The ships that you unlock using the coins that are awarded at the end of each level feel like they were designed to work together as a team rather than alone. The Gunner ship can rotate its arc of fire in 360 degrees to help cover all angles of attack, which helps provide the Charge ship the time needed to build up its attack so it can unleash a massive amount of damage. It’s not just the ships’ abilities that compliment one another and introduce an element of strategy to the game; the Vaunt ability provides its own co-op angle.

Planning with your friends who uses his or her Vaunt to help absorb the slew of hostile projectiles, and when, makes for all the difference in surviving the game on the harder difficulties, which Jamestown eases you into rather than heaps on suddenly and without warning. Should a friend’s ship go down, though, all is not lost. As long as one player is still alive, others will revive after a few seconds and re-enter the fray, or you may chance upon a Revive All power up that brings all players back to life instantly.

Much of that planning is made easier by the fact that co-op play is local only, so you and your friends won’t have any disconnection issues or bad microphones to worry about. Local play is limited, though, to just two players if you only have a keyboard and mouse, and three if you only have one 360 controller.  While this may solve the issue of “where is player progress saved” (everyone can access anything that’s been unlocked), it also introduces Jamestown’s biggest tripping point when it comes to the co-op experience: the inability to fully experience it.

Without an option for online or even system link/LAN play, playing with the full compliment of four players means having to buy additional accessories. Players may even find themselves buying an additional 360 controller to use instead of the mouse as, out of all the control options, it is the least responsive and feels intentionally “floaty,” though this is likely intentional to prevent players who are using it from zipping all over the screen.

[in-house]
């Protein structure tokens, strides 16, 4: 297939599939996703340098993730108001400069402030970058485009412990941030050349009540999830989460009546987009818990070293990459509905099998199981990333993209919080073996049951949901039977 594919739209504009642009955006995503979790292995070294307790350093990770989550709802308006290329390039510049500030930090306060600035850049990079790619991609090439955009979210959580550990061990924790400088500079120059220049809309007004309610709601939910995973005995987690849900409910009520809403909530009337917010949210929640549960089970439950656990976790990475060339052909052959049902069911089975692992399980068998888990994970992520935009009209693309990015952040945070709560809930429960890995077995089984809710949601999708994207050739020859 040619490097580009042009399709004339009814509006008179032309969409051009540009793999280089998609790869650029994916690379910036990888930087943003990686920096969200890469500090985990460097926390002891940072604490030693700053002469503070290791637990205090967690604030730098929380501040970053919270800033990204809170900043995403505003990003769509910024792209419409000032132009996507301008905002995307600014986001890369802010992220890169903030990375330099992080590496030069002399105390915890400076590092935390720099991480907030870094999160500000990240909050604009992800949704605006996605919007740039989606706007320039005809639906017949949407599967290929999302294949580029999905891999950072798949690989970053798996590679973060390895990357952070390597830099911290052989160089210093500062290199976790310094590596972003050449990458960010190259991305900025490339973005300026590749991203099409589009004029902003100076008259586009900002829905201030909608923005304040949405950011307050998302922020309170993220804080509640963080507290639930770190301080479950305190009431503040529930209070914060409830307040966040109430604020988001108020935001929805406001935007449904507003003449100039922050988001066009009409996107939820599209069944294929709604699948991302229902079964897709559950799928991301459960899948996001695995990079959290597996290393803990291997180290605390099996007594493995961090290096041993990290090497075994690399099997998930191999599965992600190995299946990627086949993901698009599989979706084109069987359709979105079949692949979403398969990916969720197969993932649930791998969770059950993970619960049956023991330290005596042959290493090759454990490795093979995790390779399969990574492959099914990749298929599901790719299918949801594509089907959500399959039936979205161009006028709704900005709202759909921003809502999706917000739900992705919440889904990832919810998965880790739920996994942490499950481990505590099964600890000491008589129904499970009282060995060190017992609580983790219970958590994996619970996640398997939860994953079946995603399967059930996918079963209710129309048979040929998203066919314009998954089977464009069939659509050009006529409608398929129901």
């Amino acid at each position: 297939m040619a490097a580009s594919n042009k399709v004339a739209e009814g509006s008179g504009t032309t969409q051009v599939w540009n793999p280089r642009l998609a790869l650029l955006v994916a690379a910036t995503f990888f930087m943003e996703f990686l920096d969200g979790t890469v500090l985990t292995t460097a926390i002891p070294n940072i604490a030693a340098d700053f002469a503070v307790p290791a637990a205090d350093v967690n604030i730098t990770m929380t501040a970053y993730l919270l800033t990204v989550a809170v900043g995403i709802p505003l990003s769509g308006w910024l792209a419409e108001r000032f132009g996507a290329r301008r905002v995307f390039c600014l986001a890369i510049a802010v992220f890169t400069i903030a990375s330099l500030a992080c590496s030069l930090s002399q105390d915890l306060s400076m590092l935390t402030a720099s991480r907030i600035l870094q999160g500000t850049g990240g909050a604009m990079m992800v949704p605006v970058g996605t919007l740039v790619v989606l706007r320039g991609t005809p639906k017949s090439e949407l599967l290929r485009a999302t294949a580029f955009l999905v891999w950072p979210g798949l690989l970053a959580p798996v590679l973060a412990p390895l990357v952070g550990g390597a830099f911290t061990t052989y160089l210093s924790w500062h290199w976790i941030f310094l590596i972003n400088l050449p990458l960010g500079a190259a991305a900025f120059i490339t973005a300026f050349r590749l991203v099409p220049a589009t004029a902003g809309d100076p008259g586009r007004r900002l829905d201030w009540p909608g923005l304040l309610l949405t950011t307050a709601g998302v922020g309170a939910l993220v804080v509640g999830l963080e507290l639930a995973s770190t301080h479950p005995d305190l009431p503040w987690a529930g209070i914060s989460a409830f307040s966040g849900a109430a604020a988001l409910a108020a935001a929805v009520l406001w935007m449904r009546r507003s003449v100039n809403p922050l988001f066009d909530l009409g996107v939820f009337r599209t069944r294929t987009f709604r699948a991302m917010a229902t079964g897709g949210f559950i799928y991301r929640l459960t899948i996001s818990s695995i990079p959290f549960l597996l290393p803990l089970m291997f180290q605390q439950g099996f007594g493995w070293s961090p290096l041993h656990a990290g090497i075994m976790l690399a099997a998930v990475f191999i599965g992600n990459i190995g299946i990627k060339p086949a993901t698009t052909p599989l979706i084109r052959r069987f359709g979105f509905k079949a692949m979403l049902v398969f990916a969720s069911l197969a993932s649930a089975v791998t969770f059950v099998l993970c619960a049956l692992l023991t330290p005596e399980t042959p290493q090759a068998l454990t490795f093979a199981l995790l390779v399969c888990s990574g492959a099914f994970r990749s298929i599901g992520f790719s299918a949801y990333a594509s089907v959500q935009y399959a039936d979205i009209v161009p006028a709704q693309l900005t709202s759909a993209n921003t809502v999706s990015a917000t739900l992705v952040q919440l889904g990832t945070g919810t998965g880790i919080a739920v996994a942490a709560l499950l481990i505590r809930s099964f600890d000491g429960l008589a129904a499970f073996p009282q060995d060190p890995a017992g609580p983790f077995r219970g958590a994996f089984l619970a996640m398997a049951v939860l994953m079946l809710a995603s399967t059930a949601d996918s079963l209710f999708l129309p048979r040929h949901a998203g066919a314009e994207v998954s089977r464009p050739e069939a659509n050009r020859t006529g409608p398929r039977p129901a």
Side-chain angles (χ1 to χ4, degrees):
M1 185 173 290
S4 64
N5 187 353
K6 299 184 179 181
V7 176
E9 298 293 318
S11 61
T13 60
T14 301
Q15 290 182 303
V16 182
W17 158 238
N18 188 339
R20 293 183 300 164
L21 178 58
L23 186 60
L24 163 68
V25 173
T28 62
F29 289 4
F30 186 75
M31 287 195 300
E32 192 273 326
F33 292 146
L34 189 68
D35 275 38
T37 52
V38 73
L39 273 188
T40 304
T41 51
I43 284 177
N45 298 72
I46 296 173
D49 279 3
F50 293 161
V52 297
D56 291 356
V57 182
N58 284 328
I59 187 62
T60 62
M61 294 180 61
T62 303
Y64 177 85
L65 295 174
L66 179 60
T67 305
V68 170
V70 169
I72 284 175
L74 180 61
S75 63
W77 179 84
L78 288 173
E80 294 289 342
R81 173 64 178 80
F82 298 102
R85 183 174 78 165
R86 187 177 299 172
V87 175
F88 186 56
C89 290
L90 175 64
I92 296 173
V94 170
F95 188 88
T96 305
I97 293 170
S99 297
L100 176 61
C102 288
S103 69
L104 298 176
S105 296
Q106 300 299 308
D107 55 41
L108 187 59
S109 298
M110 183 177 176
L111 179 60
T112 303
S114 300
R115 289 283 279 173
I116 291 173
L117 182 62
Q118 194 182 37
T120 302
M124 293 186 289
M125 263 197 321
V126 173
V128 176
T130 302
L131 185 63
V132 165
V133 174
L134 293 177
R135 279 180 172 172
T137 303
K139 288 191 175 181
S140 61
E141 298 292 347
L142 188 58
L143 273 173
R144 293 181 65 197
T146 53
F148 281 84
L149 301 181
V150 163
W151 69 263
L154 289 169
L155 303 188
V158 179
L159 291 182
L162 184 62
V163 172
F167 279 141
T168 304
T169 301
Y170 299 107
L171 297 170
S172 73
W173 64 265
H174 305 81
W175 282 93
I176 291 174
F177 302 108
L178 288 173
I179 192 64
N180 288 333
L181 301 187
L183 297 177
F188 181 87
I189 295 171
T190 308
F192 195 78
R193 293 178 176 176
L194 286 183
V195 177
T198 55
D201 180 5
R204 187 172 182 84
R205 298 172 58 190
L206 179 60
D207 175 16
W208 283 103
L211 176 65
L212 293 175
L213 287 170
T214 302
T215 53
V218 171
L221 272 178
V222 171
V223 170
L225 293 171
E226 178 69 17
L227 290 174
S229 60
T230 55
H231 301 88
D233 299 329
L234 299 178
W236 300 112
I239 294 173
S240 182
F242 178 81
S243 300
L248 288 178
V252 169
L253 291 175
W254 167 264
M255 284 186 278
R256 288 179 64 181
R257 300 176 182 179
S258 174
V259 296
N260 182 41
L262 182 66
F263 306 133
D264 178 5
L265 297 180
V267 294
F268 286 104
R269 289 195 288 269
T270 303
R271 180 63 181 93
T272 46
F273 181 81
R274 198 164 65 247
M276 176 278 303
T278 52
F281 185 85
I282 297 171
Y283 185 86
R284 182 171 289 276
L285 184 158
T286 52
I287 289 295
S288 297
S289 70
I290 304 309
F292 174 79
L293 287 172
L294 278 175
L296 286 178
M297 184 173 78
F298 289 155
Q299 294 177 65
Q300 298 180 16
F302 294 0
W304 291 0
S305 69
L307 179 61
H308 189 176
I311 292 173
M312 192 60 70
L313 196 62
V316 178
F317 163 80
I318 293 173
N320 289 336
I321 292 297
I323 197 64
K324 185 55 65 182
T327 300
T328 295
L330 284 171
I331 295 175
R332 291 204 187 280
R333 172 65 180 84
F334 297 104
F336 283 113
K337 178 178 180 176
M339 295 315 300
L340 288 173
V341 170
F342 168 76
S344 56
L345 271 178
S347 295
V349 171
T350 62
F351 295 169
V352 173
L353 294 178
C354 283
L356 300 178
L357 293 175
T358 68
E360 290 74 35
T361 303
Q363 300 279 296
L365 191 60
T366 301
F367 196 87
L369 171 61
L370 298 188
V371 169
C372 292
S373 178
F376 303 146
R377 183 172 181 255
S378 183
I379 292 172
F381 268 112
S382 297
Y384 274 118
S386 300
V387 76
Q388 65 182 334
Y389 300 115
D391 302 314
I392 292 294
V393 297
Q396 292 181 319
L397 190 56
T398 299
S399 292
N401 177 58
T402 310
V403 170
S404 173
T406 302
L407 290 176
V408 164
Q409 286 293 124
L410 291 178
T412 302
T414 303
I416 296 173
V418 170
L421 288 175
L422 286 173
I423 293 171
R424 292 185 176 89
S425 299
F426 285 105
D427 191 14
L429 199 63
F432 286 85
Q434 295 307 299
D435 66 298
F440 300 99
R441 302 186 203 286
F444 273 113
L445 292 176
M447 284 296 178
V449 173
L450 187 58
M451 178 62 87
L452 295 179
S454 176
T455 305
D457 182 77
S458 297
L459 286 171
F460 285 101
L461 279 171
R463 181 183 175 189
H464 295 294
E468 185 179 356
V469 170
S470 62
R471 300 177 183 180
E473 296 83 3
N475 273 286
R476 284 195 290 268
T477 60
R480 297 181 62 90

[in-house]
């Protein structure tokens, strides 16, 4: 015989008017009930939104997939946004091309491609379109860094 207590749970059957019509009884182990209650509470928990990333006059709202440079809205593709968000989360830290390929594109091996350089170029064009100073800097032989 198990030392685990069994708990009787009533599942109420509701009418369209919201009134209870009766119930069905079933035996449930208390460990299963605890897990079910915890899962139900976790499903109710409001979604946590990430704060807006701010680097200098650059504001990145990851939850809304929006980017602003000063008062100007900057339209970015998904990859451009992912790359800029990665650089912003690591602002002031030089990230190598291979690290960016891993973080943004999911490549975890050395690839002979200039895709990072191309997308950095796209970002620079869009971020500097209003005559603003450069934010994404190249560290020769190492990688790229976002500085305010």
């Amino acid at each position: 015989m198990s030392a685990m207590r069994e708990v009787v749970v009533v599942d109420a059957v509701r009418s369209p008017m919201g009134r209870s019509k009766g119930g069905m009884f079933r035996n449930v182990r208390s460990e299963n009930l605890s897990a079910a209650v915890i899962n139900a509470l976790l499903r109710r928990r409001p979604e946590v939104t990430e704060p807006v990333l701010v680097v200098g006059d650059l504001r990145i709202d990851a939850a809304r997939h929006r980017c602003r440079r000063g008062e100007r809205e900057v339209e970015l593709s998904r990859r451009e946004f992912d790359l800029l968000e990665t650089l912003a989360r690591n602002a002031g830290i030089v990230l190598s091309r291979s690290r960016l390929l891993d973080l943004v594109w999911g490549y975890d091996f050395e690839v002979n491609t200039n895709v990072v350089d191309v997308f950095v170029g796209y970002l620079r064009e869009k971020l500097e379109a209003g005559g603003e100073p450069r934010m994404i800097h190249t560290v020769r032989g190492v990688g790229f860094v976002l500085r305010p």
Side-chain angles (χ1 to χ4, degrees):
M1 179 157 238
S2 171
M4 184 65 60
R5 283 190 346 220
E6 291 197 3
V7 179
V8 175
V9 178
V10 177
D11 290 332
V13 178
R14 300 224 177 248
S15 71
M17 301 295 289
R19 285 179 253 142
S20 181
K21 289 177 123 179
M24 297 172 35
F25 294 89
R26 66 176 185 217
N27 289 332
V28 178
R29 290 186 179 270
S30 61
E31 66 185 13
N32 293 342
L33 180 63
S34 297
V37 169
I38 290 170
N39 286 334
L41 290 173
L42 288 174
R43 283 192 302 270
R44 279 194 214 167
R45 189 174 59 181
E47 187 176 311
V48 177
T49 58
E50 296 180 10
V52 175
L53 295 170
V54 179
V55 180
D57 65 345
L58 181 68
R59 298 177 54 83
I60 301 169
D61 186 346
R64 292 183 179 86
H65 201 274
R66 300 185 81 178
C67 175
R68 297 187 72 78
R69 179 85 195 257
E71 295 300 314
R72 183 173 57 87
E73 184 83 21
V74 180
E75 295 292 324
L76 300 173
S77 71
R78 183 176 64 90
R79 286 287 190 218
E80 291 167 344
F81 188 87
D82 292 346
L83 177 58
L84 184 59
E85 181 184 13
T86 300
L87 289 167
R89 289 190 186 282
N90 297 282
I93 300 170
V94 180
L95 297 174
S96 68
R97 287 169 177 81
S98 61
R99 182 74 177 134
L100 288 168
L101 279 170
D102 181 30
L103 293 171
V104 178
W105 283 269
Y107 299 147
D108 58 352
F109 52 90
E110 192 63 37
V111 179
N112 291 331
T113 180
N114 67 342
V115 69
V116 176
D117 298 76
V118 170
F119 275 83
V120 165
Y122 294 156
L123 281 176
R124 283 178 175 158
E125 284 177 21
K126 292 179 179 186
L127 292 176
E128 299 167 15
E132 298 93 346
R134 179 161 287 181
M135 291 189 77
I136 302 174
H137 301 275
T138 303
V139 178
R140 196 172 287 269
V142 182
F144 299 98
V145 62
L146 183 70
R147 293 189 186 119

Ideally, Jamestown will see a patch at some point that adds in online and/or system link play. Even if it doesn’t, though, it is absolutely worth it. To put that statement into some perspective, I will admit that I am not the biggest fan of ‘shmups. I’ve dabbled in them, found one or two that I really enjoy, but on the whole, the genre isn’t one for which I get really excited. This review was nearly delayed by the fact that I was up late playing one of Jamestown’s challenge levels telling myself “I’ve almost got it, I can do this!” You see, unlike other games in this genre that almost seem sadistically geared towards punishing the player at every turn, Jamestown is almost the complete opposite. It encourages you; rewards you; makes you feel that yes, you can in fact overcome that challenge/level/boss. One game has done what no other ‘shmup title has managed to achieve – made me a fan of the genre – and accomplished that for which so many retro titles strive.